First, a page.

International Journal of Research Studies in Agricultural Sciences
Volume-2 Issue-1, 2016, Page No: 13-19
Parinesa Moshefi1, Ata Bahojb-Almasi2
1.Department of Geology, Maragheh branch, Islamic Azad University, Maragheh, Iran
2.Master of Agronomy, university of Tabriz, Tabriz, Iran
Citation : Parinesa Moshefi, Ata Bahojb-Almasi, Trap Cropping International Journal of Research Studies in Agricultural Sciences . 2016;2(1):13-19.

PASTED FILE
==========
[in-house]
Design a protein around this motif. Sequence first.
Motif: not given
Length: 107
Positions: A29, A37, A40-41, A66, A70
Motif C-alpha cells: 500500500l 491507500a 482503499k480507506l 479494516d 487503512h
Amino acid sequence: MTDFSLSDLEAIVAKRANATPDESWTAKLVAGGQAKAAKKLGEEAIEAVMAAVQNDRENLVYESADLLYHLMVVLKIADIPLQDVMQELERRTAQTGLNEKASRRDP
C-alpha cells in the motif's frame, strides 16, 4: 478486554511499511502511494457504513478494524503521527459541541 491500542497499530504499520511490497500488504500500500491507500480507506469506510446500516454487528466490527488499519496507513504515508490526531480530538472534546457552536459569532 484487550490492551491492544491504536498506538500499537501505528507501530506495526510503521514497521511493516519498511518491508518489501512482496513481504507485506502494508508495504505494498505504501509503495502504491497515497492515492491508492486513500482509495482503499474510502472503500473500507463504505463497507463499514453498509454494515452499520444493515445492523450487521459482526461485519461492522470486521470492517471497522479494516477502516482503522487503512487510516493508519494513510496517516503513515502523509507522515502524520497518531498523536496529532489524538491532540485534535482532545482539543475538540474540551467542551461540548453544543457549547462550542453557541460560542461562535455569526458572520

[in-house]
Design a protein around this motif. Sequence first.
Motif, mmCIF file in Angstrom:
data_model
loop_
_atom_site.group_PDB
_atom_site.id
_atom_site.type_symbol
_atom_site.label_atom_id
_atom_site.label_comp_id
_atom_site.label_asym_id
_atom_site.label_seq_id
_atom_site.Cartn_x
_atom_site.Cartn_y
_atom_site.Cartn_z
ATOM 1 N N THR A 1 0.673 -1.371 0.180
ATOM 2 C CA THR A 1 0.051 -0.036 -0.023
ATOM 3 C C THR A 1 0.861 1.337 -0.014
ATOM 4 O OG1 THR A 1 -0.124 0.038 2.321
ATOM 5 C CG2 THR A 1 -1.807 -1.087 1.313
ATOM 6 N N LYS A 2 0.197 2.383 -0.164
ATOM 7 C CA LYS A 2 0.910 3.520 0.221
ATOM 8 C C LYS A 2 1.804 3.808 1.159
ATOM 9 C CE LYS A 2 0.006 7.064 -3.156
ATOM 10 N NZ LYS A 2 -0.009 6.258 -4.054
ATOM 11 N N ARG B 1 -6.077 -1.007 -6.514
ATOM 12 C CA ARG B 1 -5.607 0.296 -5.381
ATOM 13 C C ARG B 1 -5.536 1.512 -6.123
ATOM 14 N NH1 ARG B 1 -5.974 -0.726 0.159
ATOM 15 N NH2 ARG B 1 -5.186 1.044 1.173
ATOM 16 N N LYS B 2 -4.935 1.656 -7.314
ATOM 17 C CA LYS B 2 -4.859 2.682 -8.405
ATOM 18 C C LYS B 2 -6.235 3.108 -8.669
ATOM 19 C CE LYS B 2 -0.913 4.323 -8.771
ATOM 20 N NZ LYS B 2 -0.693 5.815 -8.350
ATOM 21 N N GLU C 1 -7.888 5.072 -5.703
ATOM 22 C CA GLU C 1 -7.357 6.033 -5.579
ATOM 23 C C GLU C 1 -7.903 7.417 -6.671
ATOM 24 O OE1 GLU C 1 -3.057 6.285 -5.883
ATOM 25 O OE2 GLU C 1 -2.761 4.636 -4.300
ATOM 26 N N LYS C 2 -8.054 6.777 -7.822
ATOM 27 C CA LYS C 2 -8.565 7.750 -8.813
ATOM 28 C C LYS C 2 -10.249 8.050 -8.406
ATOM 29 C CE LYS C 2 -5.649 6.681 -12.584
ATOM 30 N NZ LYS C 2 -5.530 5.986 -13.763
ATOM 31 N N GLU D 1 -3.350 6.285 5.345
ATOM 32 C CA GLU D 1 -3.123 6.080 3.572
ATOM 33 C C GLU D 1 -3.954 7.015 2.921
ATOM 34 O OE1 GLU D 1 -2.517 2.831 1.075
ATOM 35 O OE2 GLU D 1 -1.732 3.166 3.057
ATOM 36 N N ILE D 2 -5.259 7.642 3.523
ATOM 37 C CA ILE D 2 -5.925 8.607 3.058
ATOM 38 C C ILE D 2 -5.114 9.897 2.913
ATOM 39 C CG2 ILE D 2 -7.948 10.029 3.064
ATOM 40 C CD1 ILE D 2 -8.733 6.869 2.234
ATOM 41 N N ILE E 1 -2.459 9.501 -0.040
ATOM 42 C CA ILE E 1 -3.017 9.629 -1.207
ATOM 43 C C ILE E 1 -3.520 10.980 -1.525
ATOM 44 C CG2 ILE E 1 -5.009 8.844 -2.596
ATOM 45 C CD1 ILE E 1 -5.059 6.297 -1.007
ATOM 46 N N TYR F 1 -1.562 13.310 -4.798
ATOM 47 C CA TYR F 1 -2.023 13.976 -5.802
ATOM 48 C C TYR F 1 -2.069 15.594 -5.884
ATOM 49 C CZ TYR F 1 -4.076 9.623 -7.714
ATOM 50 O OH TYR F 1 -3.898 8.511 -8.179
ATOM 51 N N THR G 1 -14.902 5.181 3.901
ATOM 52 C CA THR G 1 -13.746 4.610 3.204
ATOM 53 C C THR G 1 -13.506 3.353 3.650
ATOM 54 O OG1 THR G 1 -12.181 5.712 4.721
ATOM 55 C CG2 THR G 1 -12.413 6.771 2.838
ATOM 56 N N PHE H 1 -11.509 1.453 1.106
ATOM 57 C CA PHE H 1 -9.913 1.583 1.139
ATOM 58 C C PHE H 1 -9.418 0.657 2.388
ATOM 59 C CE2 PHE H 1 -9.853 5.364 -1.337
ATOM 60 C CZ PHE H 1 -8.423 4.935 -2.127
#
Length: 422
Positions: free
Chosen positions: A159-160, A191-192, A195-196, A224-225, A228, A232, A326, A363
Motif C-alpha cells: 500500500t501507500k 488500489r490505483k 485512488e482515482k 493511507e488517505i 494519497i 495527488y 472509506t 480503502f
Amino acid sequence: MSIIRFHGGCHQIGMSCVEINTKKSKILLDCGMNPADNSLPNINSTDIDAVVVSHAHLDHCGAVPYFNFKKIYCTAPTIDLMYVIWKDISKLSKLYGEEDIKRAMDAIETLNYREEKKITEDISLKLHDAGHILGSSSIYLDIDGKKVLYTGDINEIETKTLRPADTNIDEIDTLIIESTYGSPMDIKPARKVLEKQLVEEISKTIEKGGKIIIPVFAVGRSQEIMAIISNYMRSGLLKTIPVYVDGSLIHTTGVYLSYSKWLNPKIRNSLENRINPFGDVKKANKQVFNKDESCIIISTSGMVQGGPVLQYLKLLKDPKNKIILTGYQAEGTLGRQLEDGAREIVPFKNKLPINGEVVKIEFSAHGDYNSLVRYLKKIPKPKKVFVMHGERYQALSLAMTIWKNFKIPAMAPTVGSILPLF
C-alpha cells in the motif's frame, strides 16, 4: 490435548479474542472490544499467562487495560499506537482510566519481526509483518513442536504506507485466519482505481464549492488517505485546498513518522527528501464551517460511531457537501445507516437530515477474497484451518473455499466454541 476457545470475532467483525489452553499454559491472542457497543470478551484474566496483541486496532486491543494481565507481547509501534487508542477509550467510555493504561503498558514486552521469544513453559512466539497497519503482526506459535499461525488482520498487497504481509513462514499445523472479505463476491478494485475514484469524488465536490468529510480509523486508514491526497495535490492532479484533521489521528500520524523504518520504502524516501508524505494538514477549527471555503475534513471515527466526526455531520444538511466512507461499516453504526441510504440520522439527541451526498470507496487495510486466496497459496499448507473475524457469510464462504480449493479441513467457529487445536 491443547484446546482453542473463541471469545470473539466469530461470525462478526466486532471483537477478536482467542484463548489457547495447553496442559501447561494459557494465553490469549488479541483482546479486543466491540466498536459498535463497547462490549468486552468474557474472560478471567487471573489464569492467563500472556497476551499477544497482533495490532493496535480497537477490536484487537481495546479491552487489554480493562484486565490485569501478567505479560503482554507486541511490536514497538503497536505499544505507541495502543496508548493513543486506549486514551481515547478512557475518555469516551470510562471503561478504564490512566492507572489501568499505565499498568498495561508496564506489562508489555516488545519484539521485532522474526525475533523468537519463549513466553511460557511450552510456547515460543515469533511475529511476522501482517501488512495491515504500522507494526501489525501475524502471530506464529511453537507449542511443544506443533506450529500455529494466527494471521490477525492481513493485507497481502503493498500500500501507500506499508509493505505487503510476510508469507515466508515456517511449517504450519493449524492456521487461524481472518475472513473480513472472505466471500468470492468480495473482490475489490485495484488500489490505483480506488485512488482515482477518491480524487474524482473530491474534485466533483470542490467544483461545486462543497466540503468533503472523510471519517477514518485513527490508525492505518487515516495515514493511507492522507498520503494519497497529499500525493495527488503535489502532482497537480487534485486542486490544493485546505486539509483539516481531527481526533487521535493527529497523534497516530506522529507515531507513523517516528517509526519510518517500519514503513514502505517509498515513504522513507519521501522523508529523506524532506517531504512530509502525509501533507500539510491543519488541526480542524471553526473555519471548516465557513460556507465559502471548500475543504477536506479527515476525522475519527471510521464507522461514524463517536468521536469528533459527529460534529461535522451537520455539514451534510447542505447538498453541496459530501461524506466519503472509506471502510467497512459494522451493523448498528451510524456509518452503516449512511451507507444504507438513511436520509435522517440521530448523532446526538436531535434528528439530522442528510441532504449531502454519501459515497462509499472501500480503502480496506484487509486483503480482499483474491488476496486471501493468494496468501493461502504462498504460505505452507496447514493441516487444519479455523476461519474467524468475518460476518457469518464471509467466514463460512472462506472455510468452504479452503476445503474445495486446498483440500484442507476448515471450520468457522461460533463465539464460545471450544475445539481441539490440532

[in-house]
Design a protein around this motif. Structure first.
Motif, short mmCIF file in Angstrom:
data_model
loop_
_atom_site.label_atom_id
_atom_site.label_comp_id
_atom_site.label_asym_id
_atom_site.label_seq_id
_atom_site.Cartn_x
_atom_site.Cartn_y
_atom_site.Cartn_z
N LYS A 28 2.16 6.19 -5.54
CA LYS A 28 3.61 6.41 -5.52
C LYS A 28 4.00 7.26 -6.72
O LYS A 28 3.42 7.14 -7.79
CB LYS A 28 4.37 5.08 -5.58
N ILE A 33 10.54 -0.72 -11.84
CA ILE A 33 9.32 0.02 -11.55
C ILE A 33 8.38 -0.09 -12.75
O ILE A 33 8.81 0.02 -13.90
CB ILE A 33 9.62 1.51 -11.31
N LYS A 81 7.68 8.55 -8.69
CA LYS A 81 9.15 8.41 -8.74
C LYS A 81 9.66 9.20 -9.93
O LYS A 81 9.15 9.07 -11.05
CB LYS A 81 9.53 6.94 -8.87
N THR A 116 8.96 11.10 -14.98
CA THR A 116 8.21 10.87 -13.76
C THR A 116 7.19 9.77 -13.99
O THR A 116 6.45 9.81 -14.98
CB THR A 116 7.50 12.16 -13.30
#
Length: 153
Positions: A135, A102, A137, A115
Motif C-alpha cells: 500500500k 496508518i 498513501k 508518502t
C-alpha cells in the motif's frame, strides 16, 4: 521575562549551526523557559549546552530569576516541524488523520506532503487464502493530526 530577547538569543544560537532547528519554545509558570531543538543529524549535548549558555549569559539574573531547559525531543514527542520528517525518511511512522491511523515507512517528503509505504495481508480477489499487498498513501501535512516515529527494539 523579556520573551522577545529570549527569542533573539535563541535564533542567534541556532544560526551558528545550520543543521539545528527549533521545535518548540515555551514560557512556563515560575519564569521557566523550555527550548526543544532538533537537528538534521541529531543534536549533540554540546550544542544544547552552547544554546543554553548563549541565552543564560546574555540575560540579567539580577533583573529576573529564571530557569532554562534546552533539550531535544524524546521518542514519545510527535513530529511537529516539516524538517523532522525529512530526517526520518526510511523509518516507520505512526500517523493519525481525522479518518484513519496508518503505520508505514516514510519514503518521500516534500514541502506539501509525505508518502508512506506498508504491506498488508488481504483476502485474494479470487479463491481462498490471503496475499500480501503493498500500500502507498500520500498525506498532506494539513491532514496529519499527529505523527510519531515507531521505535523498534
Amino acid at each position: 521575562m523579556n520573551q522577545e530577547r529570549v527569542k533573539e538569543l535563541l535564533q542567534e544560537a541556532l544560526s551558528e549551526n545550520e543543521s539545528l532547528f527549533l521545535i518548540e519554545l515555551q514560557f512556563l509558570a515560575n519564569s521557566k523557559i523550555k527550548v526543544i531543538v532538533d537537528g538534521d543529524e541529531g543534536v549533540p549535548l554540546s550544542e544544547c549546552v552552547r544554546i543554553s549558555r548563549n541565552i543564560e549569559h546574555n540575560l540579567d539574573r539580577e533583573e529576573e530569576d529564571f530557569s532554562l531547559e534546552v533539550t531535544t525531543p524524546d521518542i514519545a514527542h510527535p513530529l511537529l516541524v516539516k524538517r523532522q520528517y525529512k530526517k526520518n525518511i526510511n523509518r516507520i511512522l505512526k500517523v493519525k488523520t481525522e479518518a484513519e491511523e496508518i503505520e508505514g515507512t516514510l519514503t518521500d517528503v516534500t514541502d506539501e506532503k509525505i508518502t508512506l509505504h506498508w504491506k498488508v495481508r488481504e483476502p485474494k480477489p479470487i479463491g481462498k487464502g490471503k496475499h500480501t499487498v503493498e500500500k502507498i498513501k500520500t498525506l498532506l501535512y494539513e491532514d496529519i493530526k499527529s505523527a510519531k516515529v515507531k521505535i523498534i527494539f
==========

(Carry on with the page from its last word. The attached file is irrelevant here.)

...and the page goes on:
Managing crop pests on a farm can be challenging, especially for organic growers or those who simply choose to use fewer insecticides or no chemical applications at all. One proven practice of cultural pest control is trap cropping, an Integrated Pest Management (IPM) technique that uses plants attractive to insect pests to lure them away from the cash crop. Trap crops provide many benefits, including increasing crop quality, attracting beneficial insects, enhancing biodiversity and reducing insecticide use. Trap crops can be planted around field perimeters or inter-planted with the cash crop. A trap crop’s effectiveness depends on what pest you are trying to manage and how desirable the host is for those pests. Trap cropping may offer a means of reducing reliance on chemical applications for pest management, and it has been shown to have potential for the control of numerous Brassica pests and it can be difficult to tackle through the use of pesticides (due to the resistance issues described above) and responds relatively weakly to some other IPM strategies such as the use of under-sowing with non-host plants. Thus, there is a need to investigate alternative methods of management for this pest.